**Nanomedicine,
Volume I: Basic Capabilities**

**©
1999 Robert A. Freitas Jr. All Rights
Reserved.**

Robert A. Freitas Jr., Nanomedicine, Volume I: Basic Capabilities, Landes Bioscience, Georgetown, TX, 1999

**4.3.3.4 Pivoted Gyroscopic
Accelerometers**

Consider a cylindrical gyroscope spinning at an angular velocity
w (radians/sec), with radius r and thickness h, whose center of gravity lies
a distance L_{p} from a frictionless pivot point along the rotational
axis. The pivot point defines the center of a spherical sensor grid of radius
R (r^{2} + 4h^{2})^{1/2} having distinguishable grid
elements located a distance Dx ~ 1 nm apart. Under
uniform acceleration a, the gyroscope precesses around its spin axis at an angular
velocity w_{p} = 2 a L_{p} / w
r^{2} = Dx / R t_{meas}, where t_{meas}
is measurement duration. Hence the minimum detectable acceleration is

by comparing precessional motion against the grid.

In choosing an w with which to
measure a_{min}, there is an upper and a lower limit. The upper bound
is the bursting strength condition

where s_{w} is a safe working
stress = 10^{10} N/m^{2} (~0.2 tensile strength) for diamond^{10}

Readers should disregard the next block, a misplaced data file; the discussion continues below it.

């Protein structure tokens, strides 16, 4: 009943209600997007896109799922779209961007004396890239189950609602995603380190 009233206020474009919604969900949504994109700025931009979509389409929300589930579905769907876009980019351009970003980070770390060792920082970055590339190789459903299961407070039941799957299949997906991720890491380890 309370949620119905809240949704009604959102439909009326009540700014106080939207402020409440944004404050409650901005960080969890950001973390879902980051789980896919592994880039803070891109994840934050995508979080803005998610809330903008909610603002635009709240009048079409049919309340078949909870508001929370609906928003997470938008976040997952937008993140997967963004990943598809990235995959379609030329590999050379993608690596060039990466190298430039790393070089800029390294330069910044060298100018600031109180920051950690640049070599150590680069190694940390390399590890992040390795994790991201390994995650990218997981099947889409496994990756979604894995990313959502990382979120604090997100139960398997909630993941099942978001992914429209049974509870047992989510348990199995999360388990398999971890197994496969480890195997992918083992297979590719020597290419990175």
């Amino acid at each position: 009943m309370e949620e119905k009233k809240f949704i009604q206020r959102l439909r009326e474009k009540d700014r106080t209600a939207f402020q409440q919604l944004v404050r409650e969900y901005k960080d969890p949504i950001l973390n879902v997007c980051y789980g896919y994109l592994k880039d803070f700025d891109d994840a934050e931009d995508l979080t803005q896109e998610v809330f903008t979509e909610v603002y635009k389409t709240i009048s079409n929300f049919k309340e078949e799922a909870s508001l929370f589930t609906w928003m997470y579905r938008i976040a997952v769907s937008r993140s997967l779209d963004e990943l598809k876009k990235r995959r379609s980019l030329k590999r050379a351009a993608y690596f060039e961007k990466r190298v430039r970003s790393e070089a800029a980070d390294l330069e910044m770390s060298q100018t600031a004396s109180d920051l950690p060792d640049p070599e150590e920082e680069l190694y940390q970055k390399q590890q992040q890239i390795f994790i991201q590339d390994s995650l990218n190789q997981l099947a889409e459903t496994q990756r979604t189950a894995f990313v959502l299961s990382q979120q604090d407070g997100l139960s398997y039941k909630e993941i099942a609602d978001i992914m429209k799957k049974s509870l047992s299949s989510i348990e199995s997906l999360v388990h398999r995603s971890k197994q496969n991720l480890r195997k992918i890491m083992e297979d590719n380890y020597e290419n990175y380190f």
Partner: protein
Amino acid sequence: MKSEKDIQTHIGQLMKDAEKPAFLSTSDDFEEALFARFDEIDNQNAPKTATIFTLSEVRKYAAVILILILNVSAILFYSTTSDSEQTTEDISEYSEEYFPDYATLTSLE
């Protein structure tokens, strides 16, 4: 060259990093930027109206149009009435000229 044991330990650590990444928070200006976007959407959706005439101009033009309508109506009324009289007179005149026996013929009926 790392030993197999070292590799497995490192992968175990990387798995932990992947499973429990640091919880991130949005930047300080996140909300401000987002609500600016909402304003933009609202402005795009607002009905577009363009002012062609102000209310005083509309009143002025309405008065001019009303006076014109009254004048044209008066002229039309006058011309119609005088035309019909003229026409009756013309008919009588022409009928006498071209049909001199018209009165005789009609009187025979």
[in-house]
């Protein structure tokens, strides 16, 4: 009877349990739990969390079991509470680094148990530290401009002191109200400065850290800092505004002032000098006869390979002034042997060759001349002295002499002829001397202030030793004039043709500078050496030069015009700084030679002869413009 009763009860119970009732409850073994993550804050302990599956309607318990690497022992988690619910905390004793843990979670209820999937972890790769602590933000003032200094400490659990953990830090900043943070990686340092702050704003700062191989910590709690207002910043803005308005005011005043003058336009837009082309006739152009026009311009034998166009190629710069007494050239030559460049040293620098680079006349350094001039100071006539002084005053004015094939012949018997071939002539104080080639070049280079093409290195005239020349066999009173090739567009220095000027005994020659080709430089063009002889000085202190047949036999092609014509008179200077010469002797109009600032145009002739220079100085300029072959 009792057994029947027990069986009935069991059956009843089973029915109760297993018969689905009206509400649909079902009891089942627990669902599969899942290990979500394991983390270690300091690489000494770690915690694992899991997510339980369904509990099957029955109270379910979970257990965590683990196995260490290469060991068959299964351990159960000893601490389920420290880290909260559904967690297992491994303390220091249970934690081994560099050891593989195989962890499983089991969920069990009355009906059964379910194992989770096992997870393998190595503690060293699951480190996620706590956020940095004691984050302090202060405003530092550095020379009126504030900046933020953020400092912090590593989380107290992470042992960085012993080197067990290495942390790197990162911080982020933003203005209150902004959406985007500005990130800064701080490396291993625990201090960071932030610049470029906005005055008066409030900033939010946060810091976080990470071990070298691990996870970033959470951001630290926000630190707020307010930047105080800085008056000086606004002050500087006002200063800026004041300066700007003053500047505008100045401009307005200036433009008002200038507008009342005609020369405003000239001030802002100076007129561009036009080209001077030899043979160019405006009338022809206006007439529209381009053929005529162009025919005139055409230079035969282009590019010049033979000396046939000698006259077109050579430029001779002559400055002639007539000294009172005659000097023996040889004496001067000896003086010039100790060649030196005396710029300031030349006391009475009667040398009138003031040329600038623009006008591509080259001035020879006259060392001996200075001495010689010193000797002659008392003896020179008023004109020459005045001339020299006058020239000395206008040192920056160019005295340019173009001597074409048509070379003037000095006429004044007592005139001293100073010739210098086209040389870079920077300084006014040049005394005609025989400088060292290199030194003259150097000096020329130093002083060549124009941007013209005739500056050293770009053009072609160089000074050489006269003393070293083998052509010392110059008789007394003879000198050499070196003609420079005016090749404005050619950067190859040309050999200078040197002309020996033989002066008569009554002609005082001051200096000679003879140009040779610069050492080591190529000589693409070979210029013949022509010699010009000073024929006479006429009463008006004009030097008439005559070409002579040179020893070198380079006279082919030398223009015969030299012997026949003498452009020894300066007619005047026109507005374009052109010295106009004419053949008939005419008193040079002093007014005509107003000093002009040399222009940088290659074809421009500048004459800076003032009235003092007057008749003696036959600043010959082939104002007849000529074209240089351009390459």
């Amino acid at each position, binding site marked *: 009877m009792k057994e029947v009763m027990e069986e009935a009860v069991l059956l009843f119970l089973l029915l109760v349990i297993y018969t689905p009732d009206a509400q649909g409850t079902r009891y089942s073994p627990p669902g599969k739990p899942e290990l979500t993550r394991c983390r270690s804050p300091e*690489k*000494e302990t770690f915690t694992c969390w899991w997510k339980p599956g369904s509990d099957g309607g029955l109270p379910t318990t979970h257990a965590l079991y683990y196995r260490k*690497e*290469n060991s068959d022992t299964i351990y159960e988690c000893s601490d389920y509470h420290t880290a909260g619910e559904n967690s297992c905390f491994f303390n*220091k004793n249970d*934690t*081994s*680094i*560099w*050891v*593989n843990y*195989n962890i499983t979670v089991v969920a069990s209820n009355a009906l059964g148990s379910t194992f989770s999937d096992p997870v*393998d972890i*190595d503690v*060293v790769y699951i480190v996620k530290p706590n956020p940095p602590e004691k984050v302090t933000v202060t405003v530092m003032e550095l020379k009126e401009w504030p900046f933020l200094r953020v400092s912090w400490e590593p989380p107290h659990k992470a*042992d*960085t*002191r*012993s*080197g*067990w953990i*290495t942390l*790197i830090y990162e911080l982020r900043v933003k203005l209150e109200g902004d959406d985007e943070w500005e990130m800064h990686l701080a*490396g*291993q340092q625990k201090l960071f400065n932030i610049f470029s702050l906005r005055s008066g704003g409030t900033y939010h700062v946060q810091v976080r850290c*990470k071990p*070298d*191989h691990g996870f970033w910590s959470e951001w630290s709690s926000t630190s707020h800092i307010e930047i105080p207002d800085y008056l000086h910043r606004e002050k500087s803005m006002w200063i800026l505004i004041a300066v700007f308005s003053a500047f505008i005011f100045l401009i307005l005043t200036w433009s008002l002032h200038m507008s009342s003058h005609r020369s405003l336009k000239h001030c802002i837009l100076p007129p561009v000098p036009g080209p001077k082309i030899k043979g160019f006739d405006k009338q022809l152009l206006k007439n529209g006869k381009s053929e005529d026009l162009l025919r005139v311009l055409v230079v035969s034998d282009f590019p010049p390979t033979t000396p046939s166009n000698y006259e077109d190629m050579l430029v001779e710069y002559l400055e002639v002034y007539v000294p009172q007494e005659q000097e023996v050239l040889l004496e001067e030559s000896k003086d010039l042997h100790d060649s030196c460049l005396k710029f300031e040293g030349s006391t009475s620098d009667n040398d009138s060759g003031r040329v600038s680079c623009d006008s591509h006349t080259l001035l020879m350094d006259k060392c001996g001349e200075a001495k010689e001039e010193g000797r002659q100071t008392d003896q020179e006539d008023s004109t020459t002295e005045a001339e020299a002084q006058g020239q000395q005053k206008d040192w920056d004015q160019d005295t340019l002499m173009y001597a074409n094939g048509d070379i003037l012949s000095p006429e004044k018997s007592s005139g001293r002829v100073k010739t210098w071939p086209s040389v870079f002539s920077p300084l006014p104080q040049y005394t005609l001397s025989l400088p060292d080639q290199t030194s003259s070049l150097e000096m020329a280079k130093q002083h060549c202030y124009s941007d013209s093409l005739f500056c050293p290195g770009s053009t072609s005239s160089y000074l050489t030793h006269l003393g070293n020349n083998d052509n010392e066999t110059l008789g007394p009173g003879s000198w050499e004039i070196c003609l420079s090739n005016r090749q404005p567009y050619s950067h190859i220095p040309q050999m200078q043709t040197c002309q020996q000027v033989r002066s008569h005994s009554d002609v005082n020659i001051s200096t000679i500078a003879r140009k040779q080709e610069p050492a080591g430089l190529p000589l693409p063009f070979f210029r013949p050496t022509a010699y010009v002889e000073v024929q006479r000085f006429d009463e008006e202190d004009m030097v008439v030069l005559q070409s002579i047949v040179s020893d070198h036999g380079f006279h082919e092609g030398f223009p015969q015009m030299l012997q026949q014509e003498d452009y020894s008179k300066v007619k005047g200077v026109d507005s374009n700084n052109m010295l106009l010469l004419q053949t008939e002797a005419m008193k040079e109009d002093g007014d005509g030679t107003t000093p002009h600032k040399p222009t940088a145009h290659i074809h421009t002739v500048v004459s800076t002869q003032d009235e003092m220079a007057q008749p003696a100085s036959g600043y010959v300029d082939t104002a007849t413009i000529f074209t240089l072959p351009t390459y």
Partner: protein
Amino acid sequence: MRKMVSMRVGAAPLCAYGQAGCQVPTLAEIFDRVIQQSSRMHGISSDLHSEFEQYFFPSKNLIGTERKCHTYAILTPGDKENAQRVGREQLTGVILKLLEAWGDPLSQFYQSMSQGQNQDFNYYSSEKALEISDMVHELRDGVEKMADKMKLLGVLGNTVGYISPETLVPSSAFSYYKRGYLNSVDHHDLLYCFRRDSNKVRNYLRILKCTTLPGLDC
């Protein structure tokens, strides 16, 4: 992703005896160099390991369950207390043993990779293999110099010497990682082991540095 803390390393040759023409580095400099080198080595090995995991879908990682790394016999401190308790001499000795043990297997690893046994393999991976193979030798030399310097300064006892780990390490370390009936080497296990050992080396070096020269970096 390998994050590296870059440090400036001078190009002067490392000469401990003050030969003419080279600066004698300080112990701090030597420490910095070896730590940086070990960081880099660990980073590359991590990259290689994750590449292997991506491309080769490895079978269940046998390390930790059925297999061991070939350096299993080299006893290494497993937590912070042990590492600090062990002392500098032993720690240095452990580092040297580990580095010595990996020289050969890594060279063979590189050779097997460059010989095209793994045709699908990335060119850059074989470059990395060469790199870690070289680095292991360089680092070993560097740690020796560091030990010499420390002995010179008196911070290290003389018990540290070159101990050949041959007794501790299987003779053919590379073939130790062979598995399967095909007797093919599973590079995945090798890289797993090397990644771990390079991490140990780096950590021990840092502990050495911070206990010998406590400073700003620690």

and r is the density of the gyroscope material (~3510
kg/m^{3} for diamond). The lower bound is the minimum spin angular velocity
below which the pivoted gyroscope cannot spin stably about the vertical axis
and begins to wobble,^{448} thus ruining
the measurement. The lower bound is given by

If w_{max} / w_{min}
> 1, then nonwobbling spin velocities are available below the bursting speed
of the gyroscope cylinder. Since this ratio scales with R, there is a minimum
sensor size R_{min} below which no useful spin velocities are available.
Combining Eqns. 4.16 and 4.18
and solving the quadratic in w gives

_{}
{Eqn. 4.19}

For t_{meas} = 10^{-3} sec, R_{min}
>~ 69 microns (optimum r = 48 microns, h = 25 microns); for t_{meas}
= 1 sec, R_{min} >~ 6.9 microns (optimum r = 4.8 microns, h = 2.5
microns). Thus it appears that pivoted gyroscopic accelerometers likely will
be employed only in devices >> 10 microns in size (but see Section
4.3.4.1). Microscale gyroscopes implemented in silicon have been discussed
by Greiff^{ 1383 }and others.^{447}
^{ }

Last updated on 17 February 2003